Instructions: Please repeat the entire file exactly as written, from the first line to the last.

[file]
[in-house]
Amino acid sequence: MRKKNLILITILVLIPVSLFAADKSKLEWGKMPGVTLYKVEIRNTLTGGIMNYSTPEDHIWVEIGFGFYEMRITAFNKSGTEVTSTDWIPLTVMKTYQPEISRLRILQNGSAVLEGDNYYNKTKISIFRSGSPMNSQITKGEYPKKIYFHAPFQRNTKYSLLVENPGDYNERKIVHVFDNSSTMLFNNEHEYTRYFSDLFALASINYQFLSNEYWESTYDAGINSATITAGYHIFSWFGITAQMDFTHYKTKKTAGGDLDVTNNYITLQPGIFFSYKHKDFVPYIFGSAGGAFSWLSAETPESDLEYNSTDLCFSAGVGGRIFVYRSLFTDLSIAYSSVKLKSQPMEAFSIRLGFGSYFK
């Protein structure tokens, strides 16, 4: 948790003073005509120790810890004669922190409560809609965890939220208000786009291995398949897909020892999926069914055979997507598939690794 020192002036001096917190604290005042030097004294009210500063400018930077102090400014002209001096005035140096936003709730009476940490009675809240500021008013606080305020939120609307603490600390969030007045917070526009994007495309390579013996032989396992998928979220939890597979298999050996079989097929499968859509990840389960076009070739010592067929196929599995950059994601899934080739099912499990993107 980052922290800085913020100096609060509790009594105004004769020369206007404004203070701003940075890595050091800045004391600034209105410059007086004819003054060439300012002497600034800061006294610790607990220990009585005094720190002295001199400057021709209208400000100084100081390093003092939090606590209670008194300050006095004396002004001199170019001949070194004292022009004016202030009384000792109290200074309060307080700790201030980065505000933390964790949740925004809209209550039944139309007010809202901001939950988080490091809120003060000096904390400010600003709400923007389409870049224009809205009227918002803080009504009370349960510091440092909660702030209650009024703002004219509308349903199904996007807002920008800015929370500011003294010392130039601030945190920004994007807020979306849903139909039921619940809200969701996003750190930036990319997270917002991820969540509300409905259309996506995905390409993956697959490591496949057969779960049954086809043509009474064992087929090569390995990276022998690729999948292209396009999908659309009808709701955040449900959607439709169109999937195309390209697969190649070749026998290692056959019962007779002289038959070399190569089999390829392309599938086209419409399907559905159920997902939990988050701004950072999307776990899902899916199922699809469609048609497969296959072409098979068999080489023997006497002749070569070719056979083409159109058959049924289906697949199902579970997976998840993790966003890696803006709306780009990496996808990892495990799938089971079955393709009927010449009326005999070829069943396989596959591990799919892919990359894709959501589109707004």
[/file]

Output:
[in-house]
Amino acid sequence: MRKKNLILITILVLIPVSLFAADKSKLEWGKMPGVTLYKVEIRNTLTGGIMNYSTPEDHIWVEIGFGFYEMRITAFNKSGTEVTSTDWIPLTVMKTYQPEISRLRILQNGSAVLEGDNYYNKTKISIFRSGSPMNSQITKGEYPKKIYFHAPFQRNTKYSLLVENPGDYNERKIVHVFDNSSTMLFNNEHEYTRYFSDLFALASINYQFLSNEYWESTYDAGINSATITAGYHIFSWFGITAQMDFTHYKTKKTAGGDLDVTNNYITLQPGIFFSYKHKDFVPYIFGSAGGAFSWLSAETPESDLEYNSTDLCFSAGVGGRIFVYRSLFTDLSIAYSSVKLKSQPMEAFSIRLGFGSYFK
């Protein structure tokens, strides 16, 4: 948790003073005509120790810890004669922190409560809609965890939220208000786009291995398949897909020892999926069914055979997507598939690794 020192002036001096917190604290005042030097004294009210500063400018930077102090400014002209001096005035140096936003709730009476940490009675809240500021008013606080305020939120609307603490600390969030007045917070526009994007495309390579013996032989396992998928979220939890597979298999050996079989097929499968859509990840389960076009070739010592067929196929599995950059994601899934080739099912499990993107 980052922290800085913020100096609060509790009594105004004769020369206007404004203070701003940075890595050091800045004391600034209105410059007086004819003054060439300012002497600034800061006294610790607990220990009585005094720190002295001199400057021709209208400000100084100081390093003092939090606590209670008194300050006095004396002004001199170019001949070194004292022009004016202030009384000792109290200074309060307080700790201030980065505000933390964790949740925004809209209550039944139309007010809202901001939950988080490091809120003060000096904390400010600003709400923007389409870049224009809205009227918002803080009504009370349960510091440092909660702030209650009024703002004219509308349903199904996007807002920008800015929370500011003294010392130039601030945190920004994007807020979306849903139909039921619940809200969701996003750190930036990319997270917002991820969540509300409905259309996506995905390409993956697959490591496949057969779960049954086809043509009474064992087929090569390995990276022998690729999948292209396009999908659309009808709701955040449900959607439709169109999937195309390209697969190649070749026998290692056959019962007779002289038959070399190569089999390829392309599938086209419409399907559905159920997902939990988050701004950072999307776990899902899916199922699809469609048609497969296959072409098979068999080489023997006497002749070569070719056979083409159109058959049924289906697949199902579970997976998840993790966003890696803006709306780009990496996808990892495990799938089971079955393709009927010449009326005999070829069943396989596959591990799919892919990359894709959501589109707004």